9. Los Angeles subway and light rail is still a proof-of-payment system, with fairly systematic enforcement at busy stations in peak periods, and haphazard enforcement otherwise. They’re installing turnstiles at some stations but those don’t require a ticket to pass through, for the time being. Eventually the plan is to transition to a controlled system at most stations. Some figures I’ve seen say the projected cost is $46 million and that current fare evasion is estimated at around $5.5 million annually, which means the turnstiles will cover their cost in 9 years if the project stays within budget (which it won’t) and eliminates fare evasion completely (which it won’t, either).

    Baltimore light rail is also proof-of-payment, with enforcement on the trains.

    Another proof-of-payment system not mentioned in the above comments is all 3 light-rail lines of NJ Transit (Hudson-Bergen, Newark, and the River Line). I don’t know how enforcement operates on those lines.

  10. I live in downtown Seattle, and am stopped for proof of payment almost every time I ride the light rail to SEA–and have seen people be kicked off the train on numerous occasions. I always pay my fare so I’ve always been safe, but perhaps I’ve just been unlucky?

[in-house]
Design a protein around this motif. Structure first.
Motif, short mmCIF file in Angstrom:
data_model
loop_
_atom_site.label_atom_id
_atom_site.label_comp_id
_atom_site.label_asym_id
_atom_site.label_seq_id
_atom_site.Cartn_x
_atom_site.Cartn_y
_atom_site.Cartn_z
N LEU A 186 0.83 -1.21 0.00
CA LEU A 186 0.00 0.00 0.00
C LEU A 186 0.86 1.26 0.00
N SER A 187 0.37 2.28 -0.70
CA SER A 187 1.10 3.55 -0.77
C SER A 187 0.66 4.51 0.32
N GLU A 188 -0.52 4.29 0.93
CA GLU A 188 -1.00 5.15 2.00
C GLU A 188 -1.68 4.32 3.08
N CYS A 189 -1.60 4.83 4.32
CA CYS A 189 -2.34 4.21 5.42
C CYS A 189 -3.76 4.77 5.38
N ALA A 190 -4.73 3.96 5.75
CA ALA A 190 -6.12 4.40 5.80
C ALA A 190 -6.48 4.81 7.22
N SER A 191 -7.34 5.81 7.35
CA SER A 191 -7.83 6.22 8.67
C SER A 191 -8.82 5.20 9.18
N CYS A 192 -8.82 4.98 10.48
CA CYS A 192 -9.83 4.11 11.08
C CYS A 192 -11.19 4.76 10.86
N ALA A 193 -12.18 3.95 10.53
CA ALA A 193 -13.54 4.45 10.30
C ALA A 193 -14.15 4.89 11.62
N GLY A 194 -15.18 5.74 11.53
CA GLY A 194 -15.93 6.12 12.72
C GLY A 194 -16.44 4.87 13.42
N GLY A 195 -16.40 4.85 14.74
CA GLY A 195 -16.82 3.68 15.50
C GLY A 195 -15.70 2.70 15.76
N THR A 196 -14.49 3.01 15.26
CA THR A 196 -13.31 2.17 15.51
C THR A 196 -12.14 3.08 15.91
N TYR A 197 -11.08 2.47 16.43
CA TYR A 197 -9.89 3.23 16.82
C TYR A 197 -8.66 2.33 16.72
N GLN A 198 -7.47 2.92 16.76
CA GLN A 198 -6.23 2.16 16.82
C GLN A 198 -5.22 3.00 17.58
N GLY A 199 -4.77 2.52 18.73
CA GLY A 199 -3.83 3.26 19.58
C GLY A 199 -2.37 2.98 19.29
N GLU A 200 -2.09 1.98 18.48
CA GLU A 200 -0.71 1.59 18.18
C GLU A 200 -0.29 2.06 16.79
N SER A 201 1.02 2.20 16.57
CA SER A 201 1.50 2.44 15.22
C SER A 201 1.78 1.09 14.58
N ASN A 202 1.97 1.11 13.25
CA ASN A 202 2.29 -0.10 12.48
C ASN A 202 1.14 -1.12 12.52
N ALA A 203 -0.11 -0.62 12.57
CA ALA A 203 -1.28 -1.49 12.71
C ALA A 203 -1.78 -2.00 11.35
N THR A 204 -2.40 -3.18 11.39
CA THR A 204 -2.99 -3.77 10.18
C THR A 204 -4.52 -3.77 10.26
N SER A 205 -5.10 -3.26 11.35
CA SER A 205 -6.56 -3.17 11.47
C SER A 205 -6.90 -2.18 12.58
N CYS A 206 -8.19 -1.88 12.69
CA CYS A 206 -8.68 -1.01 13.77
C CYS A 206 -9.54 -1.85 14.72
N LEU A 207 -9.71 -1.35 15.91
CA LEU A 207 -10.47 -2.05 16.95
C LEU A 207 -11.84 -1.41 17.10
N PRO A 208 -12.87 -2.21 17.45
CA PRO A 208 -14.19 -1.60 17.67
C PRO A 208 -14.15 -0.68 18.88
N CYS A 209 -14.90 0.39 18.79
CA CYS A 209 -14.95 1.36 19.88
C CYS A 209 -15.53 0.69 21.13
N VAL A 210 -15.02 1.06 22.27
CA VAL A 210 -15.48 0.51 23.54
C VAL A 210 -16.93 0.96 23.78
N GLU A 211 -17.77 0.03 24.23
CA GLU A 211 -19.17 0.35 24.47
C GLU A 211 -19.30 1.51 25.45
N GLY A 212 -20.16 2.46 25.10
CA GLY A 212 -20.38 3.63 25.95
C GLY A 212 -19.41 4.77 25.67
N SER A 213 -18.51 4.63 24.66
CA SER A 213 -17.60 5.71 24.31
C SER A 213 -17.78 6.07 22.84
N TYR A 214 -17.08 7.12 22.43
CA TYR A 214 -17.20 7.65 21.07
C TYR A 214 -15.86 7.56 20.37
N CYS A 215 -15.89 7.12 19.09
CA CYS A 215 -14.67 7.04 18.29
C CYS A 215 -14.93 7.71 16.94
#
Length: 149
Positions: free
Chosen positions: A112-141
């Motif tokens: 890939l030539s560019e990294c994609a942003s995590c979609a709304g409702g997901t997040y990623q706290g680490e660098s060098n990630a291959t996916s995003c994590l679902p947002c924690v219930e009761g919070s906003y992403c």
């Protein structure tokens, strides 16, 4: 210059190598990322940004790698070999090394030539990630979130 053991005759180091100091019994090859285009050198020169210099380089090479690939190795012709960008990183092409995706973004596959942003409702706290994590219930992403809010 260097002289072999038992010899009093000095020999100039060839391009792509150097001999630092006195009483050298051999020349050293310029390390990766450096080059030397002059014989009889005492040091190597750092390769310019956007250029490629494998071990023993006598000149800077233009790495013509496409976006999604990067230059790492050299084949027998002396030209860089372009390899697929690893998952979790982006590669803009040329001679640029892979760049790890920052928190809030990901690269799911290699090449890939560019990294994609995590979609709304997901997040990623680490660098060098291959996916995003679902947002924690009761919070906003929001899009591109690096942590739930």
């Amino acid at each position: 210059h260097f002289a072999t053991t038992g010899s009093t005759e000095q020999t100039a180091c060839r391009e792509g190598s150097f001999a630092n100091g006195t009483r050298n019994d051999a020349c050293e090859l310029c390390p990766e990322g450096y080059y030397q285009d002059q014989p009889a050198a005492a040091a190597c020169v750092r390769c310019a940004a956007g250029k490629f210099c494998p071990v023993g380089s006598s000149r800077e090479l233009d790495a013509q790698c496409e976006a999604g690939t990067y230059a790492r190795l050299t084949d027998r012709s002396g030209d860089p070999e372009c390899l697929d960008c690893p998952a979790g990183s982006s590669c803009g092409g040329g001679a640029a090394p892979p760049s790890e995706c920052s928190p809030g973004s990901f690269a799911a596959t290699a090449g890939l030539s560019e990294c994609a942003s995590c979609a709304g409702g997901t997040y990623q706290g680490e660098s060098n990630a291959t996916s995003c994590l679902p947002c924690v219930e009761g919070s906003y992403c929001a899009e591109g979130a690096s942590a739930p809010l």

Also: Have you considered the Hyatt at Olive 8 for your stays in Seattle? It’s considerably less outdated (although it being LEED-certified means the showerheads provide a very unsatisfyingly paltry flow) and Urbane is really a decent restaurant.

  11. Further add Phoenix to the list. Maybe we should start making a list of systems WITHOUT an honor system.

  12. ROFL! I’m happy you all enjoyed my hotel review so much. 😉

    @ Simon — There was Gx bonus, Diamond amenity, along with 5,000 point bonus for two nights at a Pacific Northwest property.

  13. Your review is great. Both Seattle Hyatts are very nice, upscale properties catering to well-heeled travelers. Yet everyone seems to only focus on cheating the local light rail systems for what amounts to less than a Stabucks coffee, very strange.

  14. Seattle consistently ranks in the top ten in best u.s. cities for public transportation. Your claim that Seattle is a city that is consistently known for crappy public transportation is ill-conceived.